Positive psychology is a rapidly expanding area of study that is of great interest to students at the graduate, undergraduate, and high school levels. But the field is so broad that teachers who want to cover all the bases when designing a positive psychology course may have difficulty locating and selecting materials.

Activities for Teaching Positive Psychology addresses this problem by presenting a comprehensive set of fun, interactive classroom activities devised by contributors who are experienced teachers as well as leading scholars in their areas.

Chapters cover all the topics typically included in existing positive psychology textbooks, emphasizing the hands-on experience that makes positive psychology courses so powerful. Extensive reading lists point interested readers towards a fuller understanding of the topics.

The book is a rich source of ideas for all teachers of psychology, from novice to experienced instructors.

Table of Contents



Jeffrey J. Froh and Acacia C. Parks

I. Conceptual Explorations

  1. Courage
    What Makes an Action Courageous?
    Cynthia L. S. Pury
  2. Humility
    Humility, the Modest Strength
    Robert A. Emmons
  3. Strengths
    Using a Strengths Approach to Build Perspective-Taking Capacity
    Michelle C. Louis
  4. Eudaimonia
    Contrasting Two Conceptions of Happiness: Hedonia and Eudaimonia
    Alan S. Waterman
  5. Work
    The Value(s) of Work
    Christopher Michaelson
  6. Culture and Identity
    Integrating an Understanding of Cultural Context Into a Discussion of Positive Traits
    Jennifer Teramoto Pedrotti
  7. Purpose
    Understanding Purpose Through Interviews
    Timothy S. Reilly and William Damon
  8. Spirituality
    Spiritual Struggles as a Fork in the Road to the Sacred
    Maria R. Gear Haugen and Kenneth I. Pargament

II. Experiments

  1. Positive Emotion
    How Positive Emotions Broaden and Build
    Bethany E. Kok and Barbara L. Fredrickson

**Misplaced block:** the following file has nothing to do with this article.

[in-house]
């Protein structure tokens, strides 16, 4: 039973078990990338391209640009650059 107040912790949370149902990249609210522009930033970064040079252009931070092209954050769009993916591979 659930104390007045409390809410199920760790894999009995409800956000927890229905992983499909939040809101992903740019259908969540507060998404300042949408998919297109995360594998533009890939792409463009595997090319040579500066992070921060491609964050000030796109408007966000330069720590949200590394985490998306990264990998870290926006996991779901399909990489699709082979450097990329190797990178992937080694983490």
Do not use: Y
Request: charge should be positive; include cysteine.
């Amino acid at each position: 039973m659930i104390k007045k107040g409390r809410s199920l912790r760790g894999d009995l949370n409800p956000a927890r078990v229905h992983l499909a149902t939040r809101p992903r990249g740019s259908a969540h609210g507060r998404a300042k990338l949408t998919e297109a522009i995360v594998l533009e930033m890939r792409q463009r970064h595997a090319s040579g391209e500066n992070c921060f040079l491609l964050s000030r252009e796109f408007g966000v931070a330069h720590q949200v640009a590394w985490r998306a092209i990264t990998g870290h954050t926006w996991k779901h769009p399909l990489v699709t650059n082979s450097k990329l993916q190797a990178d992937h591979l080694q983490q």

2. Positive Health
    Heart Rate Variation With Positive Psychology Exercises
    Sarah D. Pressman and Tara L. Kraft
  3. Relationships
    Capitalizing on Positive Events
    Shelly L. Gable
  4. Empathy
    Perspective Taking and Prosocial Behavior: Caring for Others Like We Care for the Self
    Michael W. Myers and Sara D. Hodges
  5. Culture and Subjective Well-Being
    Culture Influences the Ingredients of a Good Life and Conceptualizations of Happiness
    Christie Napa Scollon, Derrick Wirtz, and Xuan-yi Wei
  6. Wealth and Subjective Well-Being
    Spending Money on Others Leads to Higher Happiness Than Spending on Yourself
    Lara B. Aknin and Elizabeth W. Dunn
  7. Mindfulness
    Cultivating Mindfulness Through Listening
    Shauna L. Shapiro and Timothy R. Mariels
  8. Forgiveness
    Teaching Forgiveness in Positive Psychology
    Everett L. Worthington Jr., Aubrey L. Gartner, David J. Jennings II, and Don E. Davis
  9. Flow
    Flow and Optimal Learning Environments
    David J. Shernoff and Brett Anderson

III. Self-Reflections

  1. Gratitude
    Taking Care of Business With Gratitude
    Philip C. Watkins, Amy Sparrow, and Amy C. Webber
  2. Curiosity
    Curiosity as a Social Lubricant: Transforming Conversations to Be Interesting, Engaging, and Meaningful
    Todd B. Kashdan and Paul J. Silvia
  3. Happiness Promotion
    Using Mindful Photography to Increase Positive Emotion and Appreciation
    Jaime L. Kurtz and Sonja Lyubomirsky
  4. Hope
    Hope Projects to One's Future Self
    Jeana L. Magyar-Moe
  5. Materialism
    A Teaching Tool for Disengaging From Materialism: The Commercial Media Fast
    Yuna L. Ferguson and Tim Kasser
  6. Savoring
    The Savoring Expedition: An Exercise to Cultivate Savoring
    Patrick R. Harrison, Jennifer L. Smith, and Fred B. Bryant
  7. Motivation
    Internalized Motivation in the Classroom
    Kennon M. Sheldon
  8. Engagement
    Civic Engagement
    Constance Flanagan and Brian D. Christens


About the Editors

Editor Bios

Jeffrey J. Froh, PsyD, is an associate professor of psychology at Hofstra University and a leading scholar in positive youth psychology. His research, which has been featured in mainstream media such as The Wall Street Journal and The Washington Post, focuses on the wellsprings, assessment, outcomes, and enhancement of gratitude in children and adolescents. He is past associate editor for the Journal of Positive Psychology, and his research has been funded by the John Templeton Foundation.

Acacia C. Parks, PhD, is an assistant professor of psychology at Hiram College. She received her PhD from the University of Pennsylvania, where she worked under Martin Seligman at the Positive Psychology Center. Her research focuses on the efficacy of positive interventions and the psychological and behavioral characteristics of individuals who use them. She serves as an associate editor of the Journal of Positive Psychology and was recently guest editor of the special issue "Positive Psychology in Higher Education." She is also editor of a forthcoming handbook of positive psychological interventions from Wiley-Blackwell. Dr. Parks is an active teacher of positive psychology and critical writing, and maintains a blog at Psychology Today.